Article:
”“being on the cutting edge. It’s fun to go to the tenants and say, ‘Look at this cool program that our company created.’”
The partnership between tenants and property managers further solidified the success of the program.
“It’s not like we just created this program, stuck it in
an envelope and mailed it to our tenants,” Beuttell said.
“We called them up, we held their hand, we walked them
through it and we showed them the benefits.”
To make the process less intimidating, property manag-
ers tried meeting one-on-one with tenants to demystify
the program and simplify the process. The one-on-one
meetings also helped property managers get to know their
tenants at a deeper level.
“This program has helped us build a stronger rapport
with the tenant contacts,” Cress said. “Anytime you get
the opportunity to work with tenants on something, it
strengthens the relationship.”
When Ososkie was marketing the program to her ten-
ants at La Jolla Commons’ Earth Day event in April, she
got some face-time with the tenant employees, rather
than just meeting with her usual tenant contacts.
“We thought that if we could get the employees excited
about the program, that would get the [tenant] management
excited about the program, and it actually worked,” Ososkie
said. “Within a week, we had four tenants come on board.”
Building these relationships is fundamental to a property manager’s overall success.
“Personally as a property manager, the program has allowed
me to meet with my tenants and re-emphasize the partnership,” Ososkie said. “We value this kind of relationship.
Tenants can be a partner in sustainability. We’re showing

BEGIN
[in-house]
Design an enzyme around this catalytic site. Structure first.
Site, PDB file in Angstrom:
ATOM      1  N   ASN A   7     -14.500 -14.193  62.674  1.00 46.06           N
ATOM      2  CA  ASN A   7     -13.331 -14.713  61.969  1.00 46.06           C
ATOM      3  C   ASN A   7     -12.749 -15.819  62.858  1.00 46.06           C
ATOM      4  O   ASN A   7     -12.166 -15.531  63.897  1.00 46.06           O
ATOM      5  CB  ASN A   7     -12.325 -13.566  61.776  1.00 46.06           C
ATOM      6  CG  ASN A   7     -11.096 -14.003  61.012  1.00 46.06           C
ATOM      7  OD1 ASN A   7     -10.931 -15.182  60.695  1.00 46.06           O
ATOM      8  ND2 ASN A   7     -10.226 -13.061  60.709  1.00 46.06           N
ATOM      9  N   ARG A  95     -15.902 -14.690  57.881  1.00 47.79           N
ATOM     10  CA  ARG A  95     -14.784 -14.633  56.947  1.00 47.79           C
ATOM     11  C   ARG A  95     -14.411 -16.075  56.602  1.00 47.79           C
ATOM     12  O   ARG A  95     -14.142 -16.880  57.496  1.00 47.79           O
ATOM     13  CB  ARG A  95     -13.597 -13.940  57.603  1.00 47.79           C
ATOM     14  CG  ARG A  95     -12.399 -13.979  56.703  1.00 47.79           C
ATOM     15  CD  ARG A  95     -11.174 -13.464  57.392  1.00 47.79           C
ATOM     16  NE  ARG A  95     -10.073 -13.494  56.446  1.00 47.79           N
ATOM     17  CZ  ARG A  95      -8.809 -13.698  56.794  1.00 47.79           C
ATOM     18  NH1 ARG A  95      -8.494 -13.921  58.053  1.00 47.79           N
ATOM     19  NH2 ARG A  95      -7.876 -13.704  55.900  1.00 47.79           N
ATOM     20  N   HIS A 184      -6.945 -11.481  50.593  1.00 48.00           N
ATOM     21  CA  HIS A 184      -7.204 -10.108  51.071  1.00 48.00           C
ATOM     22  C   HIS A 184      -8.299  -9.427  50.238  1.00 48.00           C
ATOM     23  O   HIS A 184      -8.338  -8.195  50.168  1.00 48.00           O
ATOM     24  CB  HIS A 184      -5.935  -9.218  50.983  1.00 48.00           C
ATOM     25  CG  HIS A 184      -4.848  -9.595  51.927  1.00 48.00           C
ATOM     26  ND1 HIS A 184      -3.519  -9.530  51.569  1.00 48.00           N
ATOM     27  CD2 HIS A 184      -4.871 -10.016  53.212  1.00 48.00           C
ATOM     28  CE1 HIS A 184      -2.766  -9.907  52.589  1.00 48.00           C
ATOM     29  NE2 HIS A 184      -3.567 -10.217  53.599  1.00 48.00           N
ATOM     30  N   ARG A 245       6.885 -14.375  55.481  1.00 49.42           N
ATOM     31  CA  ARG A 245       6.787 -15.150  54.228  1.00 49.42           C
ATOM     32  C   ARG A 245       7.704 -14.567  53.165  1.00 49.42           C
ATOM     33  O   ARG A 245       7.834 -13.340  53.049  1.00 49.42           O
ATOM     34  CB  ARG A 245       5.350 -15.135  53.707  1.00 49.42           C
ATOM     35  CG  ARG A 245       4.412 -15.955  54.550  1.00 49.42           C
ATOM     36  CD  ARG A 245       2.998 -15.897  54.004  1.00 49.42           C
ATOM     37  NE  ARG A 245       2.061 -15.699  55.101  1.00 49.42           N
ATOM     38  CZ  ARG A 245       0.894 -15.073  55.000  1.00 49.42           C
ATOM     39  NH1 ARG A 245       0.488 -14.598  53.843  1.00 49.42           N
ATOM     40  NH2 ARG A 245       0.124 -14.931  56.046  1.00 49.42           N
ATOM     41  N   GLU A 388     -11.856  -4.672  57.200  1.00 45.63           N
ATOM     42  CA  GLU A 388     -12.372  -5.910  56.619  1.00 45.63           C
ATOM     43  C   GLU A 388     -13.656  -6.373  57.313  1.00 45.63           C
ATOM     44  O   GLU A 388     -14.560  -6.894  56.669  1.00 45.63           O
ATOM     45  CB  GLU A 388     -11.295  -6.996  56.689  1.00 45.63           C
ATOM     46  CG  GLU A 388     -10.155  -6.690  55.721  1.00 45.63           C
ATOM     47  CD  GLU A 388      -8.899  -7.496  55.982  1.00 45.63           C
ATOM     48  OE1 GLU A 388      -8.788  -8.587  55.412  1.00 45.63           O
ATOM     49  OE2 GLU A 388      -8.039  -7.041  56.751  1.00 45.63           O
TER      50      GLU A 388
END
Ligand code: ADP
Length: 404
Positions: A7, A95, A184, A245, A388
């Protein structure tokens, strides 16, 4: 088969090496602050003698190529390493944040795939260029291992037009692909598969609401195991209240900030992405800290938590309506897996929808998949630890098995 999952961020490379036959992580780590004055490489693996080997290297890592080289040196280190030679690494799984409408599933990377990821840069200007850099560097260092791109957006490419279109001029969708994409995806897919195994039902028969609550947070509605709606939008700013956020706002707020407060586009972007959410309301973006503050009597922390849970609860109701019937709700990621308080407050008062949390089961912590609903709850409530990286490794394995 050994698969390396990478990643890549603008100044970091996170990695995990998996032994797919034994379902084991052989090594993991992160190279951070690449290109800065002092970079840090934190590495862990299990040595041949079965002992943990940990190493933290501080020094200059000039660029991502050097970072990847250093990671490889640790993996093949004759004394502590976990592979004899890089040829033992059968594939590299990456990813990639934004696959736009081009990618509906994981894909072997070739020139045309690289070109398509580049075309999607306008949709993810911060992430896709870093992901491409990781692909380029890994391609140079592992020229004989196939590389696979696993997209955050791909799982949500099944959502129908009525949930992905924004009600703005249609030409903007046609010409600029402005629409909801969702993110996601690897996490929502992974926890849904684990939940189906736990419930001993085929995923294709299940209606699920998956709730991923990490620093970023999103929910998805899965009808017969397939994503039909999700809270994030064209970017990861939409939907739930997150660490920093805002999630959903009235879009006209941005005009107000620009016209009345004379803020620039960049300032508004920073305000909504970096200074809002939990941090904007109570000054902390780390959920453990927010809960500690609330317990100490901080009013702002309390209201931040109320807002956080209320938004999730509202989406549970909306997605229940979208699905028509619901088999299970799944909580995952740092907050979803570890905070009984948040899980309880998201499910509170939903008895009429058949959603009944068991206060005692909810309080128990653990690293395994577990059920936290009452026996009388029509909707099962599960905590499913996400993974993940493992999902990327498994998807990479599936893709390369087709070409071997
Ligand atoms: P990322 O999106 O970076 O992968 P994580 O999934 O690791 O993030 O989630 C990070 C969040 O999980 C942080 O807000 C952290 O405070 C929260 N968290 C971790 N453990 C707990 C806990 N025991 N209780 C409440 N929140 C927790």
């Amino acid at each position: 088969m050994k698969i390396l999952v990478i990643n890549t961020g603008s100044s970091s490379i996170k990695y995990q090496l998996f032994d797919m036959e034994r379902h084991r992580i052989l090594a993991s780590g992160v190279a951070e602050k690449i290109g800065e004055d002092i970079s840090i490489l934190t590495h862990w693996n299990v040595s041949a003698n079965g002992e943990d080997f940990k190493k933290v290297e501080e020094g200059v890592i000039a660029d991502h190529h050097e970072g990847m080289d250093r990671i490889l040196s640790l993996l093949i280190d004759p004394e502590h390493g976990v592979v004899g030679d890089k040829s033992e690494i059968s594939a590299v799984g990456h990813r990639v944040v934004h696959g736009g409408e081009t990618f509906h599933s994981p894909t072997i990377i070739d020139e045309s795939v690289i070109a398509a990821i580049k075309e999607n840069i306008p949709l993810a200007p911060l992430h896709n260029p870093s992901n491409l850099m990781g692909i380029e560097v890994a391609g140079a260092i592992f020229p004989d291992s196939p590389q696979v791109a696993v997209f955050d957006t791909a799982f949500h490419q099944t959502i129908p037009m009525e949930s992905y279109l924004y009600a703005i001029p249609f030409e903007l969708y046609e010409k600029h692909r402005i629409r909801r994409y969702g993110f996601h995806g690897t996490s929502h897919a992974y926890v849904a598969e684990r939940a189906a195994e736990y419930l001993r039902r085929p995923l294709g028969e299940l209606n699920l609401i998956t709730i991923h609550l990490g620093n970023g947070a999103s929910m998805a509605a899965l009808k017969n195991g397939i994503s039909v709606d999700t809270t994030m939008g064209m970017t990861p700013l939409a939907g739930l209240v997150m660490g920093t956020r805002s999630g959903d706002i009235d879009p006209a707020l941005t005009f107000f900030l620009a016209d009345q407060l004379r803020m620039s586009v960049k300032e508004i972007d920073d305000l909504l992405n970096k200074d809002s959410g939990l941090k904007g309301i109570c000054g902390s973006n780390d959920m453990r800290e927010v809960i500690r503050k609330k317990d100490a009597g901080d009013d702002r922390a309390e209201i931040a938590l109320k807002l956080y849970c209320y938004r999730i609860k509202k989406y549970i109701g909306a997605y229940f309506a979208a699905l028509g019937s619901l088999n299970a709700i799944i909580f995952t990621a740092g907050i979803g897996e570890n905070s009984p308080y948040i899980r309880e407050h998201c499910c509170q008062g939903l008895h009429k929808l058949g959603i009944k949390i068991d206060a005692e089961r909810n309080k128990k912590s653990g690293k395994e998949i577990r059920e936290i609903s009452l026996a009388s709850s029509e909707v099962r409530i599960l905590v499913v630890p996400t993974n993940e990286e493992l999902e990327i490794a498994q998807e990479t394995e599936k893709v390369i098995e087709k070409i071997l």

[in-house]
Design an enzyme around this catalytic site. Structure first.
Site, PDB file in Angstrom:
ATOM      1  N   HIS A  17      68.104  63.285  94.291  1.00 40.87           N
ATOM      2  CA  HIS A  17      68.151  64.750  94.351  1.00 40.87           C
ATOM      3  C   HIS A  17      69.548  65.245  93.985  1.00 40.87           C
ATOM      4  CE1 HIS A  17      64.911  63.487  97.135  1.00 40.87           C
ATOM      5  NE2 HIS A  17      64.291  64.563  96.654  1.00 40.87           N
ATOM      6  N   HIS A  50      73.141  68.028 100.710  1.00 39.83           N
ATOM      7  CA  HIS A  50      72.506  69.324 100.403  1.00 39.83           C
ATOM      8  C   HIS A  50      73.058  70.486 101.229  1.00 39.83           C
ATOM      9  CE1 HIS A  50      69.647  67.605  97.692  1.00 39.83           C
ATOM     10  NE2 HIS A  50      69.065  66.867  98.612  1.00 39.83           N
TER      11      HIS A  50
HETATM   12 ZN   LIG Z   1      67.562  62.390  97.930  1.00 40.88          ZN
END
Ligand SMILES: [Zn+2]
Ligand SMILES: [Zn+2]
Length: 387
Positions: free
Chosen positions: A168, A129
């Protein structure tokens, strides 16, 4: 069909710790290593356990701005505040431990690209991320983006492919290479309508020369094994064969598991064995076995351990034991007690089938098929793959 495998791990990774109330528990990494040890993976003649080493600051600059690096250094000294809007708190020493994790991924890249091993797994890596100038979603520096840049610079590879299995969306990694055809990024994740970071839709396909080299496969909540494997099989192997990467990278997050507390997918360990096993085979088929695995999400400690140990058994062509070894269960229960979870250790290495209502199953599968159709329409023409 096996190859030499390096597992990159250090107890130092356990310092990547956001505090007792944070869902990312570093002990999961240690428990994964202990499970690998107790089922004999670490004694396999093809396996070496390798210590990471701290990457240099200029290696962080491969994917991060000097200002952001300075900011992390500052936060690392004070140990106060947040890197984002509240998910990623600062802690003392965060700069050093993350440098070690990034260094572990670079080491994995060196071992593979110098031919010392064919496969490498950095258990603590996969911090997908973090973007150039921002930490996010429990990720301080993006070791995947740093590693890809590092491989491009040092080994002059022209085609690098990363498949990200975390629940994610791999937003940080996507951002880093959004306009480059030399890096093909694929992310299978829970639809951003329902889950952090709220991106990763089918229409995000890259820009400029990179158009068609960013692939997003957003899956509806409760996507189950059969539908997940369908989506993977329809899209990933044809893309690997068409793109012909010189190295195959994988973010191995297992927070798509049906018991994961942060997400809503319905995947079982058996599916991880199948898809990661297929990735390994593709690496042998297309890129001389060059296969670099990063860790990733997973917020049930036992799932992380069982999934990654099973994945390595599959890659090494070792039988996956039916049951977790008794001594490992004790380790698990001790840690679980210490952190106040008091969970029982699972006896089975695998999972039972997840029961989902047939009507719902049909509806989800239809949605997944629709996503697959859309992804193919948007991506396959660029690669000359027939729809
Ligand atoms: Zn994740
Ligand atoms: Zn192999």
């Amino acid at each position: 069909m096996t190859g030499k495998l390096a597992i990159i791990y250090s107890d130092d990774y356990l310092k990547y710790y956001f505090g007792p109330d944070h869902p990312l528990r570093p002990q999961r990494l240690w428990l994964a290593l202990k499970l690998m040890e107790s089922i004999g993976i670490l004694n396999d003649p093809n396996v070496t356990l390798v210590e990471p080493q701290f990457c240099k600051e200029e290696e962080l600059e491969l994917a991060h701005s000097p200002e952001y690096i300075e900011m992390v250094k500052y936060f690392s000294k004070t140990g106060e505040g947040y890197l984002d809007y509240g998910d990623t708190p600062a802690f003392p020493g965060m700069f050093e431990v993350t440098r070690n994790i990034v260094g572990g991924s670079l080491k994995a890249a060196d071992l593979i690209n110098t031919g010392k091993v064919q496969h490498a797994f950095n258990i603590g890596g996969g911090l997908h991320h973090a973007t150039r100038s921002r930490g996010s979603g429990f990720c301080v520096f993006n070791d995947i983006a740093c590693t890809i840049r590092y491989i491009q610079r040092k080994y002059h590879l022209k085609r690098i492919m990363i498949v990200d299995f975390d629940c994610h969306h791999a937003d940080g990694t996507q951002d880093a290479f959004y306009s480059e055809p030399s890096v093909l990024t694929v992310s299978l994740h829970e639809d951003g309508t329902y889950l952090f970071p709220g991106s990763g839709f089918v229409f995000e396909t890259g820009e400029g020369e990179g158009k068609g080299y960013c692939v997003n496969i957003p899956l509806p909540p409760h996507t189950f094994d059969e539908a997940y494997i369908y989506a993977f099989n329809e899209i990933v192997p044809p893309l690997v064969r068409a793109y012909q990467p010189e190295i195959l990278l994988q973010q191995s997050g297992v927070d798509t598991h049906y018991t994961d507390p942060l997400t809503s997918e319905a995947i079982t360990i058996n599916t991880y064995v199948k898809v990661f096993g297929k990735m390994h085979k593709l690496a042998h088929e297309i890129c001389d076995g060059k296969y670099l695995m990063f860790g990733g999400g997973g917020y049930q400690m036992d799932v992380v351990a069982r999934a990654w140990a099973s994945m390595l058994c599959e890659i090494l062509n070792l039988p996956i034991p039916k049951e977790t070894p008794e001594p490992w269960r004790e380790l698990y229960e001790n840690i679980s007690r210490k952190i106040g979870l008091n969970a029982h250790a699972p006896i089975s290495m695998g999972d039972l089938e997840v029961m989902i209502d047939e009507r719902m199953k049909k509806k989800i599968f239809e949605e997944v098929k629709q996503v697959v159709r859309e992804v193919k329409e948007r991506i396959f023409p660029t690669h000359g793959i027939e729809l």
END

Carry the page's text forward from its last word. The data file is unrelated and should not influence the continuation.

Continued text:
them that sustainability doesn’t stop with what we’re doing;
they can have the same impact that we have.” n
thE grEEn officE tEnant prograM shoWED
us soME things WE couLD Do bEttEr. WE took
thosE iDEas anD startED iMpLEMEnting thEM.
—truDY bo YD, sitE ManagEr, shELL oiL
embraced this important movement and that they are
working toward a more sustainable environment,” Boyd
said. “The employees want to work toward that too, so
they feel like more of a team.”
Similarly, Hines plans to continue to grow and improve
the program. Currently, 20 percent of Hines’ portfolio is
certified. The company’s current goal is to have 50 percent
of its total portfolio certified by Earth Day on April 22,
2011, with a long-term goal to have 100 percent of Hines
“In order to get there we need to continue to find ways
to communicate the program and make sure it is attractive and relevant to the tenants,” Beuttell said. “When we
challenge the property managers [to promote this program with tenants], they are up for the challenge, and we
get pretty good results.”
PartNErS iN SuStaiNability
Getting tenants on board with the Green Office Tenant
program has relied heavily on Hines property managers.
“The Hines property managers deserve the majority
of the credit for the success of this program,” said Alan
Cranfill, manager of corporate services for Hines. “They
are the ones in the field. They know their markets, and
they know their tenants.”
The managers promoted the program to their tenants
and acted as experts while guiding tenants through the
certification process. They distributed a tenant guide that
mapped out the program, encouraging tenants to identify
and implement no- and low-cost alternatives to operate
standard indoor office environments.
“We were excited about it,” said Meredith Cress, a Hines
property manager in Houston. “We pride ourselves on
Diana Mirel is a contributing writer for JPM. if you have questions regarding this article or you are an irEM Member
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